FIG. 2 is a diagram of an electronic discriminator constructed according to a preferred embodiment of the present invention for automatically discriminating a color transparency to be printed according to the type of illuminant it was exposed by;
FIG. 3 is a diagram showing how the discriminator of FIG. 2 may be used to automatically shift the aim points of a color printer in accordance with the present invention; and
FIG. 4 is a diagrammatic view, in perspective, showing how the discriminator of FIG. 2 may be combined with a conventional automatic color printer so that the printing aim points are automatically shifted to correct for residual errors due to the type of illuminant used in exposing the color transparency to be printed in accordance with the present invention.
The present invention can probably be best illustrated as a modification of a method of exposure determination for color printing described in the above-noted Evans Patent 2,571,697. Evans discloses a method of correcting photographic color images during printing which is based on the idea of integrating the color transparency to gray and thus adjusts the color of the printing beam so that the colors in the final print will appear in such proportion that they will integrate to gray or to a neutral shade. He does this by integrating the light transmitted by a color transparency and adjusting the transmitted light until it is that color as determined by the amount of primary red, green and blue light therein, which will print substantially gray on the color-sensitive printing material, and then prints with the light as so adjusted. While Evans mentions the fact that it is not always desirable, either actually or theoretically, to integrate exactly to neutral gray, but possibly a hue near gray, he always integrates the transparency to a single aim point.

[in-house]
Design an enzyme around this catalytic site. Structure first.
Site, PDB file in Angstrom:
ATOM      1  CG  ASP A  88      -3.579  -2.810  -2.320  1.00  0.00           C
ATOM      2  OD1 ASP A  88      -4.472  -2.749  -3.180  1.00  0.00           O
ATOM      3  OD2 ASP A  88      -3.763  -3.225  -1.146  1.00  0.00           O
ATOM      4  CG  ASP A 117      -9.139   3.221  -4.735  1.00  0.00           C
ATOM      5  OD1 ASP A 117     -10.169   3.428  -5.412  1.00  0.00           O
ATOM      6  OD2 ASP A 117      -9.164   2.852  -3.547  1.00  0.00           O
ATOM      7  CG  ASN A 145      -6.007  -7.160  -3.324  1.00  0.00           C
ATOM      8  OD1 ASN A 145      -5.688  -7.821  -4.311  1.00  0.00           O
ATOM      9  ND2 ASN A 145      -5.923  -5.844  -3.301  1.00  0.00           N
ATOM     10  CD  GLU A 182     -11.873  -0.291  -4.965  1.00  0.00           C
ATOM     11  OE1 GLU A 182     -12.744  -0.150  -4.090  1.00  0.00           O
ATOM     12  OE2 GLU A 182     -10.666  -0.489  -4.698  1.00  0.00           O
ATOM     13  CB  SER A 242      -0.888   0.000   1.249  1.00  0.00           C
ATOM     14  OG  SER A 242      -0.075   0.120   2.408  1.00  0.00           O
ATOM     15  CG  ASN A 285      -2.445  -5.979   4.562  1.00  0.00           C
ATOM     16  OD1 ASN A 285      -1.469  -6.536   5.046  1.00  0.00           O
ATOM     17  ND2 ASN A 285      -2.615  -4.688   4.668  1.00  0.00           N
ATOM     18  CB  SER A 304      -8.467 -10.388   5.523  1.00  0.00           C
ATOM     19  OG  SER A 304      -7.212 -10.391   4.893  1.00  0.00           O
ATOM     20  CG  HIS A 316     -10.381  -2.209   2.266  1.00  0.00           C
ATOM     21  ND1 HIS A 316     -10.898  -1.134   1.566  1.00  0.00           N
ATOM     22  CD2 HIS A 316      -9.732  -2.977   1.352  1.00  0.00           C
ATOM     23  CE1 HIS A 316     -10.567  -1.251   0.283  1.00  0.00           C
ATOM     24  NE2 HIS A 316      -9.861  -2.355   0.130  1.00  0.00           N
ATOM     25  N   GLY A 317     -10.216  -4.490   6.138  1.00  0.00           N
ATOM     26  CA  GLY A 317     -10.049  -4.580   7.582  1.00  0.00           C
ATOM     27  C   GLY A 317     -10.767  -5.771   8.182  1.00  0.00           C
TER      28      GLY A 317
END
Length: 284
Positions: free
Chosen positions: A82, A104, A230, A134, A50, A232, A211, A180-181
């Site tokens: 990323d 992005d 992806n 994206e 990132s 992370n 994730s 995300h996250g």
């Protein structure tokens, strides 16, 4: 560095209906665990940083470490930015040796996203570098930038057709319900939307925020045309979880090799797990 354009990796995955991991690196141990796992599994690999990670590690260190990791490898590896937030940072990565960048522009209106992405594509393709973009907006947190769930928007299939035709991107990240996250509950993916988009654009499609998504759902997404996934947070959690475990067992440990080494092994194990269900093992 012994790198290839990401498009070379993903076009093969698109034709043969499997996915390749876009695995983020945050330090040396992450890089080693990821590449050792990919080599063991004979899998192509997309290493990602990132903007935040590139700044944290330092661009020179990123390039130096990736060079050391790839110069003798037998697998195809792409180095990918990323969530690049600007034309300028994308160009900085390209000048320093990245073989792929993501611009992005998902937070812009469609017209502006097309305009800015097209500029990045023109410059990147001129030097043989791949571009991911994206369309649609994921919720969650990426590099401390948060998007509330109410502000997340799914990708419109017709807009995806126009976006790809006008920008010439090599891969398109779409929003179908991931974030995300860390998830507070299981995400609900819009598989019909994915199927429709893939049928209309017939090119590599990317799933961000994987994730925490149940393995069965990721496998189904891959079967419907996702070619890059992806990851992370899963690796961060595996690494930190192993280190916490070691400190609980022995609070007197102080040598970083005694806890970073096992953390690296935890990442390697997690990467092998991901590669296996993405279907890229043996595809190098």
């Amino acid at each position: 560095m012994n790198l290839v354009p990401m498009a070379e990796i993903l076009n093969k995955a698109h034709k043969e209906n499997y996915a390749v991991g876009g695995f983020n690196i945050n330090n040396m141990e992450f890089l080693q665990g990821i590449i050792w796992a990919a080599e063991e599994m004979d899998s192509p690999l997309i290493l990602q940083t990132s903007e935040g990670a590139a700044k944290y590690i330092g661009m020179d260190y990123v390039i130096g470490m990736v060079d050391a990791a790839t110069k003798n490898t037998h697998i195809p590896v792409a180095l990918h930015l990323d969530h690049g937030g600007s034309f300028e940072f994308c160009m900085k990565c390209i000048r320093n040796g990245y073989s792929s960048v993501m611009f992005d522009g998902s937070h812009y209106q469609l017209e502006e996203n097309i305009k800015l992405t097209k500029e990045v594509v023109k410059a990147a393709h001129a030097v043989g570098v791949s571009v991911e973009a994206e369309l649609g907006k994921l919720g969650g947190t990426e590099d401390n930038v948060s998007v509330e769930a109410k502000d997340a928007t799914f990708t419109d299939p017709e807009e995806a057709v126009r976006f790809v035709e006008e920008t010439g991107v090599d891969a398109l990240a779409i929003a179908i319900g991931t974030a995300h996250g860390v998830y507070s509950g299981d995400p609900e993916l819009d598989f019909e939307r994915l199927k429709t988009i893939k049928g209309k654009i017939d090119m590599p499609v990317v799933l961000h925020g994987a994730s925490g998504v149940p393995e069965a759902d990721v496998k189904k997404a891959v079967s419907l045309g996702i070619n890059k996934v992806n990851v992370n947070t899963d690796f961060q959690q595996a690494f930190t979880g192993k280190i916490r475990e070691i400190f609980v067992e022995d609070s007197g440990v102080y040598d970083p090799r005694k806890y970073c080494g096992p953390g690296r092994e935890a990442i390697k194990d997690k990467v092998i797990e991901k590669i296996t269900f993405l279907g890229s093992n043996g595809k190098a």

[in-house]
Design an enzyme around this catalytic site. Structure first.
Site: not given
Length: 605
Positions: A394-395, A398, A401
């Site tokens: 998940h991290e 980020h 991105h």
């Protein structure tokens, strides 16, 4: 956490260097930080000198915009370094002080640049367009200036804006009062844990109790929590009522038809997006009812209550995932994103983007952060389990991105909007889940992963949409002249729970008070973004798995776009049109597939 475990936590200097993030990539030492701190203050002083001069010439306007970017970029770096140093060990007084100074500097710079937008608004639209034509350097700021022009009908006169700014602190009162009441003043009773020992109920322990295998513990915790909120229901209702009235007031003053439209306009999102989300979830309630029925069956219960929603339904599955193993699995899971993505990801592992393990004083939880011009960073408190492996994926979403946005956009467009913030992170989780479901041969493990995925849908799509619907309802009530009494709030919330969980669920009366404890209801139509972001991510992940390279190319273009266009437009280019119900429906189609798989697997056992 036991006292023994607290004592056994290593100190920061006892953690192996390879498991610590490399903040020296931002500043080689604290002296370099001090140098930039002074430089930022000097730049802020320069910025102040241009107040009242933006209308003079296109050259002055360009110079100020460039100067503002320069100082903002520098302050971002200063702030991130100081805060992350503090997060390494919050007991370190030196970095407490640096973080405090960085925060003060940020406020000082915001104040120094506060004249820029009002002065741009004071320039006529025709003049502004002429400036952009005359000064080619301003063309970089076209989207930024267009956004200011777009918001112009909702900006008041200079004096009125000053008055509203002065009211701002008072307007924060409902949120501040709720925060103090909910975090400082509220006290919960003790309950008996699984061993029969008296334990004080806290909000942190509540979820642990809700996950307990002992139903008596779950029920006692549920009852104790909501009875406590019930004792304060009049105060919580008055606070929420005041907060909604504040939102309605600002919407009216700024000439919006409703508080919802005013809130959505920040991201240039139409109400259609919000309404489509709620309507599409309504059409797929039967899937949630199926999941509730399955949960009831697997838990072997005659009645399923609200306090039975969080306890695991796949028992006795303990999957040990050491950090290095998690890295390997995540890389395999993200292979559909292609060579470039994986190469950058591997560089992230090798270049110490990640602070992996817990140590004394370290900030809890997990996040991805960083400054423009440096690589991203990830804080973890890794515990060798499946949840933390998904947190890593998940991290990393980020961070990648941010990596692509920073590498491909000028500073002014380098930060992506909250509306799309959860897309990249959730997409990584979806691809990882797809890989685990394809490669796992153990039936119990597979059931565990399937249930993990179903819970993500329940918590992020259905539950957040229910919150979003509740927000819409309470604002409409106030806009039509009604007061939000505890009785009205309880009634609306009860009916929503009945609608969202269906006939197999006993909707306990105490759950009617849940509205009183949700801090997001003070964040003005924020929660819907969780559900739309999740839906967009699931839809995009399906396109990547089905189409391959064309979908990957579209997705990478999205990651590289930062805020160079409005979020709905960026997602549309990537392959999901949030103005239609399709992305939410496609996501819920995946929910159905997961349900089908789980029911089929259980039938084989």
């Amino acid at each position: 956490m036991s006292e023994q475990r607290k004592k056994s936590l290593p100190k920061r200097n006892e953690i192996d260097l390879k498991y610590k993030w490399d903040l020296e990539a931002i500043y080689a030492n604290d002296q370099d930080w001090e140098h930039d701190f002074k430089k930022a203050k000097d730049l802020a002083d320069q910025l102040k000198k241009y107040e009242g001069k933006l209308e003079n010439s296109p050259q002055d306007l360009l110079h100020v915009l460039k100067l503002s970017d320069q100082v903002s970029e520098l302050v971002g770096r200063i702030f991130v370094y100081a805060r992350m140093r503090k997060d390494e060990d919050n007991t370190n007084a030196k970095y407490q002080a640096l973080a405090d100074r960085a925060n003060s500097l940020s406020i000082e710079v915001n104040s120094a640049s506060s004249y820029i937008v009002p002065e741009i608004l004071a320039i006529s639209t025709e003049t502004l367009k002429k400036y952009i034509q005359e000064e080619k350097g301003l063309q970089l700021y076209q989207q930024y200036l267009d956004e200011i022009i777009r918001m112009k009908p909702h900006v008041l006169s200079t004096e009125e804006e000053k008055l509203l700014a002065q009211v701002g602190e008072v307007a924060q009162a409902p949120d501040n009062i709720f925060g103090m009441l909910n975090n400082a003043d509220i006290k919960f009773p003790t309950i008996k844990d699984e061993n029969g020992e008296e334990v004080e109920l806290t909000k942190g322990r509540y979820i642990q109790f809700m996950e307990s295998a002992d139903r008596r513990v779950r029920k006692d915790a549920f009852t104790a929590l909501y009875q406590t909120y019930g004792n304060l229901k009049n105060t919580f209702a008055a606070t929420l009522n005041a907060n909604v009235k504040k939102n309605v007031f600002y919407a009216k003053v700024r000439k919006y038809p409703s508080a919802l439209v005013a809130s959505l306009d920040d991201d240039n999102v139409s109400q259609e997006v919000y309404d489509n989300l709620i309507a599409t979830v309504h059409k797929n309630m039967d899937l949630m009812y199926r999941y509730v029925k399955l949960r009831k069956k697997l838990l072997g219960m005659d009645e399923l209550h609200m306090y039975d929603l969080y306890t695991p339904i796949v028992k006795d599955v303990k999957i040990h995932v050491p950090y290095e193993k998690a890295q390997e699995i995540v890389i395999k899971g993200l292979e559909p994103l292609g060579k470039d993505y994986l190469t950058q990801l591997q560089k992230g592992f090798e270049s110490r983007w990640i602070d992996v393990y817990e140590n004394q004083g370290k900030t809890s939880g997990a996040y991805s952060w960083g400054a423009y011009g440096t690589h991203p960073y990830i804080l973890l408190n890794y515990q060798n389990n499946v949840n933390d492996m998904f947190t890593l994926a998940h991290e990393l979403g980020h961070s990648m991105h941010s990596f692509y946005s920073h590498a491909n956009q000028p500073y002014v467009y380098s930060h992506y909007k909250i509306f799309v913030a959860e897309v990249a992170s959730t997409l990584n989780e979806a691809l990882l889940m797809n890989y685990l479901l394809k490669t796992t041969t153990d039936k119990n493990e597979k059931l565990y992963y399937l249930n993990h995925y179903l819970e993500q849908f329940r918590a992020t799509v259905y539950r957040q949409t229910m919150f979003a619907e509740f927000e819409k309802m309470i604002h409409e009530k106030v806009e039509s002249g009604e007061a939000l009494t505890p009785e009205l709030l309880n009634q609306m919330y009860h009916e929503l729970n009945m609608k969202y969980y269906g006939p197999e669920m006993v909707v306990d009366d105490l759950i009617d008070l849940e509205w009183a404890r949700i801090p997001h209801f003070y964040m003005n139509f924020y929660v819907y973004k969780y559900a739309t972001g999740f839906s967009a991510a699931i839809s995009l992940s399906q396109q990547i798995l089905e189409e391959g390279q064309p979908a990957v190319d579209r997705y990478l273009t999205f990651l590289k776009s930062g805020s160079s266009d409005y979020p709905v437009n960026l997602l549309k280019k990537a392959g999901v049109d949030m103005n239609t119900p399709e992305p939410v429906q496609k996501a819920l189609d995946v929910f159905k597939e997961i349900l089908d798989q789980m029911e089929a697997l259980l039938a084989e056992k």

We have found that while integrating to gray, or a hue near gray, on the average compensates for many color errors, such a simple method of correction is not sufficiently effective in compensating for errors due to color variability. As mentioned previously, there are residual color errors in the prints which reflect the undesirable color variations in the color transparency. In the case of printing the new universal, or dual purpose, color films, i.e., a color film which may be exposed by illuminants of differing spectral energy composition, such as daylight or artificial light, these residual errors are large enough to be objectionable. They differ from other color errors in that they tend to be grouped in color space according to the type of illuminant (i.e., daylight or artificial light) used in the camera exposure.
It was found that these residual color errors can best be corrected for by integrating the transparency being printed to one of two different aim points in color space depending upon the illuminant used to expose the transparency rather than integrating the transparency to gray or any single aim point. These aim points are obtained by two different printing exposures and the proper aim point, or preselected printing exposure, is selected after discriminating as to whether the transparency to be printed Was exposed to daylight or artificial light.
The residual color errors due to illuminant variations between daylight and artificial light occur along the indigo-orange axis X of the ICI chromaticity diagram as shown in FIG. 1. For example, daylight illuminants are usually characterized by the presence of relatively more energy in the blue portion of the spectrum than is the case with artificial illuminants. The latter usually contain relatively more red and less blue energy than daylight or simulated daylight. This indicates that the aim points for the red and blue printing exposures must be adjusted according to the illuminant used in exposure of the film. As mentioned above, throughout this specification and the claims, the term daylight is used to designate an illuminant having an effective color temperature above 4800 K. and an average value of approximately 6150 K., while the term artificial light is used to designate an illuminant having an effective color temperature below 4800 K. and an average value of approximately 3850 K.